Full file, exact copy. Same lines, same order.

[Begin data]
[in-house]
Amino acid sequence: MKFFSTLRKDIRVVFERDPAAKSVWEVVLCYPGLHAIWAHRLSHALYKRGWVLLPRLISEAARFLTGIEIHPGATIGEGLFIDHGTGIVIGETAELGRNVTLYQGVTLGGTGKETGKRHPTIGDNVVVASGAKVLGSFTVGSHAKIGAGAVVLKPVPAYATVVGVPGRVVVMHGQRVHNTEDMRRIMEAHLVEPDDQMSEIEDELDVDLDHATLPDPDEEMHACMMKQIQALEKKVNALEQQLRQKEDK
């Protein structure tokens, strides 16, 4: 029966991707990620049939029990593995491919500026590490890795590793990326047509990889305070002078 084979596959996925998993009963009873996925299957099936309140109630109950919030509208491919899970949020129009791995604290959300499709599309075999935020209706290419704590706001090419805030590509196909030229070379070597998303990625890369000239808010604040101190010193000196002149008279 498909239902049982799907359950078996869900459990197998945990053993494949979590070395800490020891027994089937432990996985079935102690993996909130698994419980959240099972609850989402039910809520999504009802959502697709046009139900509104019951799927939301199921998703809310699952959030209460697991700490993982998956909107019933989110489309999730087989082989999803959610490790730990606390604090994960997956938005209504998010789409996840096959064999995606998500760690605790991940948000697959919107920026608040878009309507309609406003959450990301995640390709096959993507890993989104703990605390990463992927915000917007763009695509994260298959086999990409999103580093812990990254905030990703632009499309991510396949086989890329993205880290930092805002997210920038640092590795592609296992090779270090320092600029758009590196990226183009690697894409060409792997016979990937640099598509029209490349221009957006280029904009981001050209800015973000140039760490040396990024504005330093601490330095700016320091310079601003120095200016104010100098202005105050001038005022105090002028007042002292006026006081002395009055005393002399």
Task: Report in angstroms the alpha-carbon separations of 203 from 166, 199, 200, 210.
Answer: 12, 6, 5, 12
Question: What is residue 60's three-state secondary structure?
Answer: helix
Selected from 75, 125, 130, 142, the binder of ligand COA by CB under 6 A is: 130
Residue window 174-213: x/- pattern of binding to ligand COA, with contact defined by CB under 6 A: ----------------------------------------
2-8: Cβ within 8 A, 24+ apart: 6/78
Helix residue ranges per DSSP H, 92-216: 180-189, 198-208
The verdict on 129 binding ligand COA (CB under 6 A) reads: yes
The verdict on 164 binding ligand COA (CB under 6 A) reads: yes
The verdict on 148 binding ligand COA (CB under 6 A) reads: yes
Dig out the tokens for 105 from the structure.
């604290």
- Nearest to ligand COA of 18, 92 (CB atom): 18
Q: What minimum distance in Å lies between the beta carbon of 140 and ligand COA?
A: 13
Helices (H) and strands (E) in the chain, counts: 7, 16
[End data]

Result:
[in-house]
Amino acid sequence: MKFFSTLRKDIRVVFERDPAAKSVWEVVLCYPGLHAIWAHRLSHALYKRGWVLLPRLISEAARFLTGIEIHPGATIGEGLFIDHGTGIVIGETAELGRNVTLYQGVTLGGTGKETGKRHPTIGDNVVVASGAKVLGSFTVGSHAKIGAGAVVLKPVPAYATVVGVPGRVVVMHGQRVHNTEDMRRIMEAHLVEPDDQMSEIEDELDVDLDHATLPDPDEEMHACMMKQIQALEKKVNALEQQLRQKEDK
């Protein structure tokens, strides 16, 4: 029966991707990620049939029990593995491919500026590490890795590793990326047509990889305070002078 084979596959996925998993009963009873996925299957099936309140109630109950919030509208491919899970949020129009791995604290959300499709599309075999935020209706290419704590706001090419805030590509196909030229070379070597998303990625890369000239808010604040101190010193000196002149008279 498909239902049982799907359950078996869900459990197998945990053993494949979590070395800490020891027994089937432990996985079935102690993996909130698994419980959240099972609850989402039910809520999504009802959502697709046009139900509104019951799927939301199921998703809310699952959030209460697991700490993982998956909107019933989110489309999730087989082989999803959610490790730990606390604090994960997956938005209504998010789409996840096959064999995606998500760690605790991940948000697959919107920026608040878009309507309609406003959450990301995640390709096959993507890993989104703990605390990463992927915000917007763009695509994260298959086999990409999103580093812990990254905030990703632009499309991510396949086989890329993205880290930092805002997210920038640092590795592609296992090779270090320092600029758009590196990226183009690697894409060409792997016979990937640099598509029209490349221009957006280029904009981001050209800015973000140039760490040396990024504005330093601490330095700016320091310079601003120095200016104010100098202005105050001038005022105090002028007042002292006026006081002395009055005393002399």
Task: Report in angstroms the alpha-carbon separations of 203 from 166, 199, 200, 210.
Answer: 12, 6, 5, 12
Question: What is residue 60's three-state secondary structure?
Answer: helix
Selected from 75, 125, 130, 142, the binder of ligand COA by CB under 6 A is: 130
Residue window 174-213: x/- pattern of binding to ligand COA, with contact defined by CB under 6 A: ----------------------------------------
2-8: Cβ within 8 A, 24+ apart: 6/78
Helix residue ranges per DSSP H, 92-216: 180-189, 198-208
The verdict on 129 binding ligand COA (CB under 6 A) reads: yes
The verdict on 164 binding ligand COA (CB under 6 A) reads: yes
The verdict on 148 binding ligand COA (CB under 6 A) reads: yes
Dig out the tokens for 105 from the structure.
């604290």
- Nearest to ligand COA of 18, 92 (CB atom): 18
Q: What minimum distance in Å lies between the beta carbon of 140 and ligand COA?
A: 13
Helices (H) and strands (E) in the chain, counts: 7, 16